Jehovah's Witnesses in Russia Are Fleeing to Finland to Escape Persecution

Jehovah's Witnesses religious literature is stacked on a table in Russia. The group has been outlawed in Russia and some of its members are fleeing the country. Alexandr Tyryshkin/Reuters

Jehovah's Witnesses who face persecution in Russia are fleeing to nearby Finland, where they are allowed to worship freely, according to the religious group's representatives.

There are nearly 300 Jehovah's Witnesses currently seeking asylum in the Nordic country, but it's unclear when their asylum claims will be processed. For now, many of the group's members are in limbo.

"Some people have been here for one year in the camp or refugee center. We received a few days ago the news that some will be moved to another camp. It's hard because they have a life and friends there already and they are being moved again, they'll have to build everything again. I think maybe they are being moved because more people are coming," Jukka Palonen, a Jehovah's Witness from Finland, told Newsweek.

"The Finish government is doing its best, they are offering housing and food. But it's still not so nice. We're pretty sad about what's happening in Russia at the moment. These families have small children and they are afraid the Russian government could take their children away. And what have they done? Nothing," Palonen added.

Some of the refugees are staying in an old Finnish prison near the small town of Joutseno in the country's South Karelia region. The witnesses attend services in one of the local churches. But around 20 people are expected to be relocated to northeastern Finland in the near future, the group said.

In Russia, the Orthodox Church has emerged as a powerful political force in a post-communist country, and the church's allies have launched vicious campaigns against what they call "sects." The Russian government labeled the Jehovah's Witnesses an extremist sect in April 2017, and worshippers have been jailed and tormented ever since. Many of the roughly 175,000 Jehovah's Witnesses living in Russia have either gone into hiding or started fleeing to Finland, members of the group said.

Nevertheless, arrests of practicing Jehovah's Witnesses have taken place in towns and cities across Russia. Most recently, on August 2, a young couple in the city of Kostroma had their house raided by armed policemen. A video of the arrest shows armed and masked policemen breaking down the door of the couple's home and pinning an unarmed and shirtless young man, 21-year-old Sergey Rayman, to the ground. Representatives of the Jehovah's Witnesses told Newsweek that the young man will be held in pre-trial detention for two months while his wife, 25-year-old Valeriya Rayman, is under house arrest.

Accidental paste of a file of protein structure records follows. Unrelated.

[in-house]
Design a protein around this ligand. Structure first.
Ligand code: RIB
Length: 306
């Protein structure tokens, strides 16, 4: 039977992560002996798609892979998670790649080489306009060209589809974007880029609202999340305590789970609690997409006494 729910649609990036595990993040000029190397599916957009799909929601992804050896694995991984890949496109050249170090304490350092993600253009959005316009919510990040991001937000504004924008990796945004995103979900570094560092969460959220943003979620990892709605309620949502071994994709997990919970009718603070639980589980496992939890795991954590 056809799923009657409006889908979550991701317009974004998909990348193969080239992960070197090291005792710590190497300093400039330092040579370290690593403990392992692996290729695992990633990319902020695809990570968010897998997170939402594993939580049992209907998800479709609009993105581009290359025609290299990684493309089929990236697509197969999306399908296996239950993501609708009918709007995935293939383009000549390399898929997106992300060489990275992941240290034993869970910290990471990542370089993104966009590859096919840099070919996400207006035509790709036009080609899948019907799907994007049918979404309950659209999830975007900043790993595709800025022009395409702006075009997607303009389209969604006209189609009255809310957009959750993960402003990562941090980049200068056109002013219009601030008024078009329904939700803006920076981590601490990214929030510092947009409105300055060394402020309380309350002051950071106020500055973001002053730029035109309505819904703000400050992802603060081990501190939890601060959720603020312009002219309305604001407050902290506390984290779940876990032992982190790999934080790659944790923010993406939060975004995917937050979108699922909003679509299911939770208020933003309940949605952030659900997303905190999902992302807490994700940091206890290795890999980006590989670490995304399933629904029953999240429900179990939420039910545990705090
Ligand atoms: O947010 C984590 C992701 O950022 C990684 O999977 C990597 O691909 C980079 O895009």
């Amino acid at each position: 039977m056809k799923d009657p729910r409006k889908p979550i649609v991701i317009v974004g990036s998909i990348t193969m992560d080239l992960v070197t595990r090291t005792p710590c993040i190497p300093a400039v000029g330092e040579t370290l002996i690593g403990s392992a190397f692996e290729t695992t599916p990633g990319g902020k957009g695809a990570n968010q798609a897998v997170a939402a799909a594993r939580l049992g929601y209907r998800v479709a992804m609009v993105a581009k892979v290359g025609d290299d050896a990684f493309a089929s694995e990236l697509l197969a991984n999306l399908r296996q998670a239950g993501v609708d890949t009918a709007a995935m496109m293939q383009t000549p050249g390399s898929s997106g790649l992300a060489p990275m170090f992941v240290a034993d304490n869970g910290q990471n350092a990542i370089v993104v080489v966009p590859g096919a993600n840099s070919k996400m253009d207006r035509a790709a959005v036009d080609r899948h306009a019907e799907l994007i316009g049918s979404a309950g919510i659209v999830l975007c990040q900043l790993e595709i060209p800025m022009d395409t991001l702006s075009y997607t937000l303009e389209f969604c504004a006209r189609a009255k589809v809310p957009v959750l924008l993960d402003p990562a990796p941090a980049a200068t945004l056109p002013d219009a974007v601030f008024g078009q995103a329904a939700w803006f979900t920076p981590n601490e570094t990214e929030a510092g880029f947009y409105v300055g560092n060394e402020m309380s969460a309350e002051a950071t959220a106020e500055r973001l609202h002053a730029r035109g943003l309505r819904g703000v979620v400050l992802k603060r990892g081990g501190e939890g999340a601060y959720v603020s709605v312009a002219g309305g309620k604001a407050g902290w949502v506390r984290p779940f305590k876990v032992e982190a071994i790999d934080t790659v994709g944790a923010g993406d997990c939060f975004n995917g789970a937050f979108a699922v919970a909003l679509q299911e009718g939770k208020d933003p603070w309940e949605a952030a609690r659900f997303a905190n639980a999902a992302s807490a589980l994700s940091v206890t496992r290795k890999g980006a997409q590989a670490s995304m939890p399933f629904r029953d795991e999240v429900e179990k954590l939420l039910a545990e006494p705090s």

In May, the Russian government also seized a $31.8 million real estate complex in St. Petersburg from the group's members.

Even though the Russian Orthodox Church has expressed enthusiasm for the country's clampdown of Jehovah's Witnesses, analysts consulted in a recent piece by Newsweek indicated that the ban is motivated by political and security concerns.

"The Jehovah's Witnesses were targeted because they do not support the wave of patriotism sweeping the country during the confrontation with the West," Roman Lunkin, a religion analyst at the Russian Academy of Sciences in Moscow, told Newsweek in May. "There is a real fear of religion and religious activity among the authorities and the security services."

Jehovah's Witnesses literature is stacked on a table in Russia. The group is outlawed in Russia and some of its members are fleeing the country. Alexandr Tyryshkin/Reuters

Finland is a member of the European Union, and last month the European Court of Justice, the supreme court that governs all EU law, ruled that the Jehovah's Witnesses must comply with EU data privacy laws and seek consent before recording people's personal details during their door-to-door preaching. The ruling came after Finland's data protection supervisor filed a lawsuit to prohibit Jehovah's Witnesses from collecting personal data.

"In today's judgment, the Court of Justice considers, first of all, that door-to-door preaching by members of the Jehovah's Witnesses Community is not covered by the exceptions laid down by EU Law on the protection of personal data," the court's statement read. "The processing of personal data carried out in connection with door-to-door preaching must therefore comply with the rules of EU law on the protection of personal data."